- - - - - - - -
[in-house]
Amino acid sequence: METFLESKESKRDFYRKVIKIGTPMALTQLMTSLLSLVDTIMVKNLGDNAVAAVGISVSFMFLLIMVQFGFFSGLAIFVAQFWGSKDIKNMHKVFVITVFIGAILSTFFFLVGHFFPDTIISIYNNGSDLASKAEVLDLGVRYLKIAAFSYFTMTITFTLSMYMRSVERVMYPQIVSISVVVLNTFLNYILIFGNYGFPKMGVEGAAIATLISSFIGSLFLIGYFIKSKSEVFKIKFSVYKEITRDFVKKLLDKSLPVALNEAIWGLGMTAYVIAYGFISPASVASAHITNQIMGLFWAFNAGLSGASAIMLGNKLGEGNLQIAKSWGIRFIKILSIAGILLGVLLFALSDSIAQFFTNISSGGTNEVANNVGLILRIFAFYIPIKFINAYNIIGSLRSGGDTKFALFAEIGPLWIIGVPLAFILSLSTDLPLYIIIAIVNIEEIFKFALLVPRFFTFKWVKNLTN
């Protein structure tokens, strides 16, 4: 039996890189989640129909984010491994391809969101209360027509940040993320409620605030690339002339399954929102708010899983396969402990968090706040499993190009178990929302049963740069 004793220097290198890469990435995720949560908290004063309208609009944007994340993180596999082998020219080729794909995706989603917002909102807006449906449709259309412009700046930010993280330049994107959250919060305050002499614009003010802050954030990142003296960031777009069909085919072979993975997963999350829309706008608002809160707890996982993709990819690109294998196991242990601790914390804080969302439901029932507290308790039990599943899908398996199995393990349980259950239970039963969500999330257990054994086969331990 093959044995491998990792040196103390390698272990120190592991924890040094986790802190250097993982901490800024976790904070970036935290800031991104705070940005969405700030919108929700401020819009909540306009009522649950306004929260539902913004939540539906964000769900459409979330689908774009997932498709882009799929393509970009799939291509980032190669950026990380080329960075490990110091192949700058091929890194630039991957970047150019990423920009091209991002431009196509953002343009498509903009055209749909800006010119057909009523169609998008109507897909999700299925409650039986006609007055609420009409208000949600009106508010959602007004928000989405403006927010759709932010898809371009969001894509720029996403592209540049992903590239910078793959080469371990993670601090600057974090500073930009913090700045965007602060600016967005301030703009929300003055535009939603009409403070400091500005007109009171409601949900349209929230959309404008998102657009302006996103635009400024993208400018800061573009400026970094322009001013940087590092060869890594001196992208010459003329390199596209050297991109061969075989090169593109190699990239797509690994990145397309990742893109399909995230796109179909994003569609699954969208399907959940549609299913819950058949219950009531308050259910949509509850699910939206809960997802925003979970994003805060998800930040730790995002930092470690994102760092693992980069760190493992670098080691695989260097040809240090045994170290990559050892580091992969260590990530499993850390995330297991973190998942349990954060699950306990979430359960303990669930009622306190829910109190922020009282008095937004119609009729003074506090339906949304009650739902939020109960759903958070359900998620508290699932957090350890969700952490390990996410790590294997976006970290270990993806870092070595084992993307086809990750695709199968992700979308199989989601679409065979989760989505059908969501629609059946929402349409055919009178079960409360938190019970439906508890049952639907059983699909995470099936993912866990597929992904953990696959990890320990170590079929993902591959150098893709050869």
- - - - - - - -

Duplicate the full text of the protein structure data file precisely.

[in-house]
Amino acid sequence: METFLESKESKRDFYRKVIKIGTPMALTQLMTSLLSLVDTIMVKNLGDNAVAAVGISVSFMFLLIMVQFGFFSGLAIFVAQFWGSKDIKNMHKVFVITVFIGAILSTFFFLVGHFFPDTIISIYNNGSDLASKAEVLDLGVRYLKIAAFSYFTMTITFTLSMYMRSVERVMYPQIVSISVVVLNTFLNYILIFGNYGFPKMGVEGAAIATLISSFIGSLFLIGYFIKSKSEVFKIKFSVYKEITRDFVKKLLDKSLPVALNEAIWGLGMTAYVIAYGFISPASVASAHITNQIMGLFWAFNAGLSGASAIMLGNKLGEGNLQIAKSWGIRFIKILSIAGILLGVLLFALSDSIAQFFTNISSGGTNEVANNVGLILRIFAFYIPIKFINAYNIIGSLRSGGDTKFALFAEIGPLWIIGVPLAFILSLSTDLPLYIIIAIVNIEEIFKFALLVPRFFTFKWVKNLTN
């Protein structure tokens, strides 16, 4: 039996890189989640129909984010491994391809969101209360027509940040993320409620605030690339002339399954929102708010899983396969402990968090706040499993190009178990929302049963740069 004793220097290198890469990435995720949560908290004063309208609009944007994340993180596999082998020219080729794909995706989603917002909102807006449906449709259309412009700046930010993280330049994107959250919060305050002499614009003010802050954030990142003296960031777009069909085919072979993975997963999350829309706008608002809160707890996982993709990819690109294998196991242990601790914390804080969302439901029932507290308790039990599943899908398996199995393990349980259950239970039963969500999330257990054994086969331990 093959044995491998990792040196103390390698272990120190592991924890040094986790802190250097993982901490800024976790904070970036935290800031991104705070940005969405700030919108929700401020819009909540306009009522649950306004929260539902913004939540539906964000769900459409979330689908774009997932498709882009799929393509970009799939291509980032190669950026990380080329960075490990110091192949700058091929890194630039991957970047150019990423920009091209991002431009196509953002343009498509903009055209749909800006010119057909009523169609998008109507897909999700299925409650039986006609007055609420009409208000949600009106508010959602007004928000989405403006927010759709932010898809371009969001894509720029996403592209540049992903590239910078793959080469371990993670601090600057974090500073930009913090700045965007602060600016967005301030703009929300003055535009939603009409403070400091500005007109009171409601949900349209929230959309404008998102657009302006996103635009400024993208400018800061573009400026970094322009001013940087590092060869890594001196992208010459003329390199596209050297991109061969075989090169593109190699990239797509690994990145397309990742893109399909995230796109179909994003569609699954969208399907959940549609299913819950058949219950009531308050259910949509509850699910939206809960997802925003979970994003805060998800930040730790995002930092470690994102760092693992980069760190493992670098080691695989260097040809240090045994170290990559050892580091992969260590990530499993850390995330297991973190998942349990954060699950306990979430359960303990669930009622306190829910109190922020009282008095937004119609009729003074506090339906949304009650739902939020109960759903958070359900998620508290699932957090350890969700952490390990996410790590294997976006970290270990993806870092070595084992993307086809990750695709199968992700979308199989989601679409065979989760989505059908969501629609059946929402349409055919009178079960409360938190019970439906508890049952639907059983699909995470099936993912866990597929992904953990696959990890320990170590079929993902591959150098893709050869």